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Study shows IPR does not decrease use of mental health services (USA)

January 26, 2012

A first of its kind, statewide study on the relationship between intensive psychiatric rehabilitation (IPR) and its impact on mental health service utilization, as well as on residential and employment outcomes, found unexpected results. Contrary to study hypothesis, mental health service use actually increased when people were engaged in psychiatric rehabilitation services.

Conducted in Iowa, the study was modeled on the “Choose, Get, Keep” service intervention, which contains the following components:

  1. Developing readiness for residential or vocational goals,
  2. Goal achievement
  3. Goal keeping

Five hundred and eleven study participants who use mental health services were divided into three groups:

  • Completers (of a 12 month program)
  • Late drop outs (participants who dropped out between 6 – 12 months), and
  • Early drop outs (leaving before 6 month period).

The participants were white, in their 30’s, and had a diagnosis of schizophrenia. Using a quantitative method, group outcomes based on residential status; employment status and earnings; and service use were examined. In addition, the “Completers” group outcomes were measured against a control group, to allow for measurement of the “dose response” relationship of IPR on clinical outcomes.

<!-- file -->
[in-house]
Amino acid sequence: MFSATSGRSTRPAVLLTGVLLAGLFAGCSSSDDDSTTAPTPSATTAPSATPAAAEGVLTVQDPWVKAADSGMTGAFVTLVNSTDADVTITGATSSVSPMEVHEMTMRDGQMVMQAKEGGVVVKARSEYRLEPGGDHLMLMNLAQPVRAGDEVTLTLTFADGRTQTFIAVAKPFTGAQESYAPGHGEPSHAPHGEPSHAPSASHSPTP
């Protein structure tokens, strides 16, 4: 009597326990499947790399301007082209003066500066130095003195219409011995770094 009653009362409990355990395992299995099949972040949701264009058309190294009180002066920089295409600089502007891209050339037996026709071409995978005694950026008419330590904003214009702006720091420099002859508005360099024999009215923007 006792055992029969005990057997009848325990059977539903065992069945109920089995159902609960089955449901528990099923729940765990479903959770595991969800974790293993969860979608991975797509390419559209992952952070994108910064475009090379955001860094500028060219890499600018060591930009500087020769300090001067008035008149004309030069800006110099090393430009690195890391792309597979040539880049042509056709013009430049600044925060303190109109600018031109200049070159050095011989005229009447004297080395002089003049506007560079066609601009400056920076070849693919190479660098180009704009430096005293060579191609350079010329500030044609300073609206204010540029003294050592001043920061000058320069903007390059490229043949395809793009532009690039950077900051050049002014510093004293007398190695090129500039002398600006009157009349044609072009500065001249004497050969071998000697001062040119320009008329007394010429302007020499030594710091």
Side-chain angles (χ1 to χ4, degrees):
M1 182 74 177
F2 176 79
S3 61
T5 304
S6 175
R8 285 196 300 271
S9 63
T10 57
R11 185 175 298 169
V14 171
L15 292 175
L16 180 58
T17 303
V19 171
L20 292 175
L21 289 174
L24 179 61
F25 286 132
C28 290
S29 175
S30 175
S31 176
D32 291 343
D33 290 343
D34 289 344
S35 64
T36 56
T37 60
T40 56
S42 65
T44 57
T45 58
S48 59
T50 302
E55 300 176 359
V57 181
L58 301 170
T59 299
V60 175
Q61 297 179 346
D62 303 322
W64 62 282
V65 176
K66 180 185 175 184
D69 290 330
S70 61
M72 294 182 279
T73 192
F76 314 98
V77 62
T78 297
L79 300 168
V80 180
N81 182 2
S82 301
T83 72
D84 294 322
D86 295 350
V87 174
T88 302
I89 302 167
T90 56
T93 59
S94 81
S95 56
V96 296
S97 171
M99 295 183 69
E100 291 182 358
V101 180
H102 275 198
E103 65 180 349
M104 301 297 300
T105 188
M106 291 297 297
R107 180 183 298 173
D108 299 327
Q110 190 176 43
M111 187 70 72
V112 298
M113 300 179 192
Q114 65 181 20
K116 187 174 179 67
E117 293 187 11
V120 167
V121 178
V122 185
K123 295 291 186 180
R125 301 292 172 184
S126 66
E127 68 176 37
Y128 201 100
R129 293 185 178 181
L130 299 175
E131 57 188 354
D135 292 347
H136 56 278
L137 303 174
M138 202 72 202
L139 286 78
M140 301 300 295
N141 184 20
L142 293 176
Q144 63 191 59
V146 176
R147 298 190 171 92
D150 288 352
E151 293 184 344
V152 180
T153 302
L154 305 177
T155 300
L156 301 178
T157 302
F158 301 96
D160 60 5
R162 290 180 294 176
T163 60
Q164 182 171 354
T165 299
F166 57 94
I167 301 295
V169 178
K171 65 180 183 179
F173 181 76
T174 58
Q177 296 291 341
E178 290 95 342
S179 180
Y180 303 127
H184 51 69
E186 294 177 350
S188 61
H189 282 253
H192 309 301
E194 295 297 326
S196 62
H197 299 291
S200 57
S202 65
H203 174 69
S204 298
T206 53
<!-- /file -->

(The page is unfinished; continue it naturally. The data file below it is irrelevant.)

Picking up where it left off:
The authors hypothesized that use of IPR for job seekers would decrease mental health service use (such as outpatient services); however, the findings indicated that service use actually increased for IPR participants while it decreased significantly for the control group. The authors cautioned that while service utilization and some program outcomes could be analyzed, the study was not designed to examine the effectiveness of IPR or the participants’ characteristics that led to improved outcomes.

For those who completed the program, earnings were higher and their housing situation was improved, compared to those in the other two drop out groups. It was also supposed that those in the early drop out group had higher rates of substance use which indicated they were not ready for the intervention.

See, “Statewide Initiative of Intensive Psychiatric Rehabilitation: Outcomes and Relationship to Other Mental Health Service Use,” available at

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